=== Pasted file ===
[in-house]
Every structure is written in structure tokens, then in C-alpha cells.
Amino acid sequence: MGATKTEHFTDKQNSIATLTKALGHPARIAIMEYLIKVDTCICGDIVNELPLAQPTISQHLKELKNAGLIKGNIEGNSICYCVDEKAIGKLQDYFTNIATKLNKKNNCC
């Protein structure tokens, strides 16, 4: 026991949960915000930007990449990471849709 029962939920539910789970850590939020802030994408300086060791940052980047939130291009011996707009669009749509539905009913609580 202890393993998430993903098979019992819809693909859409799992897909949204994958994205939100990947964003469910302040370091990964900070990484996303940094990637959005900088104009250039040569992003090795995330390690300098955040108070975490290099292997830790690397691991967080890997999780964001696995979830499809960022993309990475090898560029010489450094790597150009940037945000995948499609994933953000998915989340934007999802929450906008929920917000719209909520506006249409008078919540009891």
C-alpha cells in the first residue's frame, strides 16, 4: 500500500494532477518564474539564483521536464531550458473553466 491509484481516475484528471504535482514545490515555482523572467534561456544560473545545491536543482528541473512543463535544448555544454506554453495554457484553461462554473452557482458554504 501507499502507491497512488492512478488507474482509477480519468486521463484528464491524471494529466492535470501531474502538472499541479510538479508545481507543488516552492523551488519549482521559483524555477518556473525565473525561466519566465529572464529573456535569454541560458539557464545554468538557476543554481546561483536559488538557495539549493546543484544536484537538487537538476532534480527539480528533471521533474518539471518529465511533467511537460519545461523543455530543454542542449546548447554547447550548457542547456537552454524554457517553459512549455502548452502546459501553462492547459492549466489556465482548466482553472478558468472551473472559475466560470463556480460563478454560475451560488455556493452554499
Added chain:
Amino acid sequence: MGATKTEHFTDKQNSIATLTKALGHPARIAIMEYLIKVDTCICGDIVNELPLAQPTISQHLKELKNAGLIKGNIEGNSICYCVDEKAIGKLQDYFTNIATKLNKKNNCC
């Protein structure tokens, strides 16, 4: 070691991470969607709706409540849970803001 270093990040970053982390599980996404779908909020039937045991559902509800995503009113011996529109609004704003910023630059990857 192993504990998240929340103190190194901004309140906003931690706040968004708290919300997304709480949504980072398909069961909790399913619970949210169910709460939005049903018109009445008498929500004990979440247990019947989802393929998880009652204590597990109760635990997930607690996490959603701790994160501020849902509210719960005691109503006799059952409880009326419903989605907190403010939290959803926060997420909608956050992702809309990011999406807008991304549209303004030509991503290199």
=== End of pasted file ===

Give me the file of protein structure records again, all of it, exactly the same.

[in-house]
Every structure is written in structure tokens, then in C-alpha cells.
Amino acid sequence: MGATKTEHFTDKQNSIATLTKALGHPARIAIMEYLIKVDTCICGDIVNELPLAQPTISQHLKELKNAGLIKGNIEGNSICYCVDEKAIGKLQDYFTNIATKLNKKNNCC
């Protein structure tokens, strides 16, 4: 026991949960915000930007990449990471849709 029962939920539910789970850590939020802030994408300086060791940052980047939130291009011996707009669009749509539905009913609580 202890393993998430993903098979019992819809693909859409799992897909949204994958994205939100990947964003469910302040370091990964900070990484996303940094990637959005900088104009250039040569992003090795995330390690300098955040108070975490290099292997830790690397691991967080890997999780964001696995979830499809960022993309990475090898560029010489450094790597150009940037945000995948499609994933953000998915989340934007999802929450906008929920917000719209909520506006249409008078919540009891």
C-alpha cells in the first residue's frame, strides 16, 4: 500500500494532477518564474539564483521536464531550458473553466 491509484481516475484528471504535482514545490515555482523572467534561456544560473545545491536543482528541473512543463535544448555544454506554453495554457484553461462554473452557482458554504 501507499502507491497512488492512478488507474482509477480519468486521463484528464491524471494529466492535470501531474502538472499541479510538479508545481507543488516552492523551488519549482521559483524555477518556473525565473525561466519566465529572464529573456535569454541560458539557464545554468538557476543554481546561483536559488538557495539549493546543484544536484537538487537538476532534480527539480528533471521533474518539471518529465511533467511537460519545461523543455530543454542542449546548447554547447550548457542547456537552454524554457517553459512549455502548452502546459501553462492547459492549466489556465482548466482553472478558468472551473472559475466560470463556480460563478454560475451560488455556493452554499
Added chain:
Amino acid sequence: MGATKTEHFTDKQNSIATLTKALGHPARIAIMEYLIKVDTCICGDIVNELPLAQPTISQHLKELKNAGLIKGNIEGNSICYCVDEKAIGKLQDYFTNIATKLNKKNNCC
């Protein structure tokens, strides 16, 4: 070691991470969607709706409540849970803001 270093990040970053982390599980996404779908909020039937045991559902509800995503009113011996529109609004704003910023630059990857 192993504990998240929340103190190194901004309140906003931690706040968004708290919300997304709480949504980072398909069961909790399913619970949210169910709460939005049903018109009445008498929500004990979440247990019947989802393929998880009652204590597990109760635990997930607690996490959603701790994160501020849902509210719960005691109503006799059952409880009326419903989605907190403010939290959803926060997420909608956050992702809309990011999406807008991304549209303004030509991503290199």